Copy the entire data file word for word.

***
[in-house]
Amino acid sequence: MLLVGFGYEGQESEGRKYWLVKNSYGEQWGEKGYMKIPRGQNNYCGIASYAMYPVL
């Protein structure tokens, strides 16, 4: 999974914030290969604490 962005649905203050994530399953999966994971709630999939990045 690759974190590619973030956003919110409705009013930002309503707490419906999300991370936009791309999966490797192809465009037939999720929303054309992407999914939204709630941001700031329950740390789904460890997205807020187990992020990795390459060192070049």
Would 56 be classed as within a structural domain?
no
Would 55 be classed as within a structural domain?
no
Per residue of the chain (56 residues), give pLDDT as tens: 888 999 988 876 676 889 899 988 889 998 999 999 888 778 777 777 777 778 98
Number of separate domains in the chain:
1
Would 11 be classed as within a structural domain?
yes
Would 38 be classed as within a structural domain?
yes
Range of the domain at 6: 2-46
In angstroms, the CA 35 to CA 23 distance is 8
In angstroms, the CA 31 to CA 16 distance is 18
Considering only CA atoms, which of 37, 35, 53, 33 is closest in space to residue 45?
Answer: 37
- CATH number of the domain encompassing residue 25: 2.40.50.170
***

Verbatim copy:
[in-house]
Amino acid sequence: MLLVGFGYEGQESEGRKYWLVKNSYGEQWGEKGYMKIPRGQNNYCGIASYAMYPVL
């Protein structure tokens, strides 16, 4: 999974914030290969604490 962005649905203050994530399953999966994971709630999939990045 690759974190590619973030956003919110409705009013930002309503707490419906999300991370936009791309999966490797192809465009037939999720929303054309992407999914939204709630941001700031329950740390789904460890997205807020187990992020990795390459060192070049």
Would 56 be classed as within a structural domain?
no
Would 55 be classed as within a structural domain?
no
Per residue of the chain (56 residues), give pLDDT as tens: 888 999 988 876 676 889 899 988 889 998 999 999 888 778 777 777 777 778 98
Number of separate domains in the chain:
1
Would 11 be classed as within a structural domain?
yes
Would 38 be classed as within a structural domain?
yes
Range of the domain at 6: 2-46
In angstroms, the CA 35 to CA 23 distance is 8
In angstroms, the CA 31 to CA 16 distance is 18
Considering only CA atoms, which of 37, 35, 53, 33 is closest in space to residue 45?
Answer: 37
- CATH number of the domain encompassing residue 25: 2.40.50.170